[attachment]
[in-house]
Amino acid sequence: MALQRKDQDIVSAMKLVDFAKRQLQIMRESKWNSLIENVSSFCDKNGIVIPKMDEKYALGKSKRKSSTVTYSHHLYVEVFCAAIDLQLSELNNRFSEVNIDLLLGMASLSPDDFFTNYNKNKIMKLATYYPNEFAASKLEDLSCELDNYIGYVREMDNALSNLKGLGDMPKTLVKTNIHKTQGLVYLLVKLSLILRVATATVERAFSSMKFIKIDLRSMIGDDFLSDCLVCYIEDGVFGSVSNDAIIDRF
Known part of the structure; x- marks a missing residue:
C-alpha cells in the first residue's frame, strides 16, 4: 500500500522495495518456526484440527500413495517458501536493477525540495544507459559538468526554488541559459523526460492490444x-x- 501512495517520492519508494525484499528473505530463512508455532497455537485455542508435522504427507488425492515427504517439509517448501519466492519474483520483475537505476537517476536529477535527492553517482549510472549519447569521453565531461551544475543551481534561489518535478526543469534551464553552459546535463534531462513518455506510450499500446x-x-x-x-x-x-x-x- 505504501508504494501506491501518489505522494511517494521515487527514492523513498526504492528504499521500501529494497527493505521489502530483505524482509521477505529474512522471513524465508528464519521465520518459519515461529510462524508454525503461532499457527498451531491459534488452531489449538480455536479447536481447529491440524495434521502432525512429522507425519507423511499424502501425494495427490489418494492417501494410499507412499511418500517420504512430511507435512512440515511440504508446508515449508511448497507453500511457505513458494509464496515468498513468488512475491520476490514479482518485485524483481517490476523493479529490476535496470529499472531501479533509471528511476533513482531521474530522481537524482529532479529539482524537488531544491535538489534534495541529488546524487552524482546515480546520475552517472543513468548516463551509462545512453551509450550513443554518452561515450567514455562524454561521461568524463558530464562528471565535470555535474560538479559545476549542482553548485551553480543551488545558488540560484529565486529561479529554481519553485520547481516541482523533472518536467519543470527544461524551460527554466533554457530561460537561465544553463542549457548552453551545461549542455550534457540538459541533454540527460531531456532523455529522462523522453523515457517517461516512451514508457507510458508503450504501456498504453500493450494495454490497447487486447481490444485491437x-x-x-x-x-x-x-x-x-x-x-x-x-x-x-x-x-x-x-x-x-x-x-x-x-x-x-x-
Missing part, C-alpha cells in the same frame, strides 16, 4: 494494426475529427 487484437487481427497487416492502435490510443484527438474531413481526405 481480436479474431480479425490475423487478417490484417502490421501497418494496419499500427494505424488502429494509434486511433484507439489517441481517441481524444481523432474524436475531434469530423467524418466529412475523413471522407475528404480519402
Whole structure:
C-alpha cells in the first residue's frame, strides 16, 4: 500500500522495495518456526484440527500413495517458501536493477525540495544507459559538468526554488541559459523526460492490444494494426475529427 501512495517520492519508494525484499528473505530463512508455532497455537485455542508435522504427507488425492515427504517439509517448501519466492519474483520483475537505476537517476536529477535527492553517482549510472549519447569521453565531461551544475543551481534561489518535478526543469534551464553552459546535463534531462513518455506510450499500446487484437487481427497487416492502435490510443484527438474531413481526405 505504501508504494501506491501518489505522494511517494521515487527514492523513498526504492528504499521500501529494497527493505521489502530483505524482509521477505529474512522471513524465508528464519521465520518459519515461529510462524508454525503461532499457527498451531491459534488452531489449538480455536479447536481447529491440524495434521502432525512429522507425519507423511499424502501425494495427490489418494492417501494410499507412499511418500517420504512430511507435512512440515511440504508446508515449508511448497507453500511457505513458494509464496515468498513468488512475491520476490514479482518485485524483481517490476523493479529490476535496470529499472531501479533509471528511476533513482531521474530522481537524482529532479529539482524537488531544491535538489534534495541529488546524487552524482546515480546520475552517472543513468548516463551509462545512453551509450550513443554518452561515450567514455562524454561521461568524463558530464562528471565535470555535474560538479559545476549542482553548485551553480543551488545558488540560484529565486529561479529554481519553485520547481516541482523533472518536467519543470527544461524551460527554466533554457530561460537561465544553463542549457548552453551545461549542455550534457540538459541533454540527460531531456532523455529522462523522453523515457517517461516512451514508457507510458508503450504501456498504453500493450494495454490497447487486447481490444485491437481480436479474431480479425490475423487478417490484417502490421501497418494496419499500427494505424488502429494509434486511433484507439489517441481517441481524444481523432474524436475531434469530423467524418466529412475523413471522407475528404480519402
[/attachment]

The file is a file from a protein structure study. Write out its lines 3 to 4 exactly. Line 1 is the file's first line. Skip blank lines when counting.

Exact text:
Known part of the structure; x- marks a missing residue:
C-alpha cells in the first residue's frame, strides 16, 4: 500500500522495495518456526484440527500413495517458501536493477525540495544507459559538468526554488541559459523526460492490444x-x- 501512495517520492519508494525484499528473505530463512508455532497455537485455542508435522504427507488425492515427504517439509517448501519466492519474483520483475537505476537517476536529477535527492553517482549510472549519447569521453565531461551544475543551481534561489518535478526543469534551464553552459546535463534531462513518455506510450499500446x-x-x-x-x-x-x-x- 505504501508504494501506491501518489505522494511517494521515487527514492523513498526504492528504499521500501529494497527493505521489502530483505524482509521477505529474512522471513524465508528464519521465520518459519515461529510462524508454525503461532499457527498451531491459534488452531489449538480455536479447536481447529491440524495434521502432525512429522507425519507423511499424502501425494495427490489418494492417501494410499507412499511418500517420504512430511507435512512440515511440504508446508515449508511448497507453500511457505513458494509464496515468498513468488512475491520476490514479482518485485524483481517490476523493479529490476535496470529499472531501479533509471528511476533513482531521474530522481537524482529532479529539482524537488531544491535538489534534495541529488546524487552524482546515480546520475552517472543513468548516463551509462545512453551509450550513443554518452561515450567514455562524454561521461568524463558530464562528471565535470555535474560538479559545476549542482553548485551553480543551488545558488540560484529565486529561479529554481519553485520547481516541482523533472518536467519543470527544461524551460527554466533554457530561460537561465544553463542549457548552453551545461549542455550534457540538459541533454540527460531531456532523455529522462523522453523515457517517461516512451514508457507510458508503450504501456498504453500493450494495454490497447487486447481490444485491437x-x-x-x-x-x-x-x-x-x-x-x-x-x-x-x-x-x-x-x-x-x-x-x-x-x-x-x-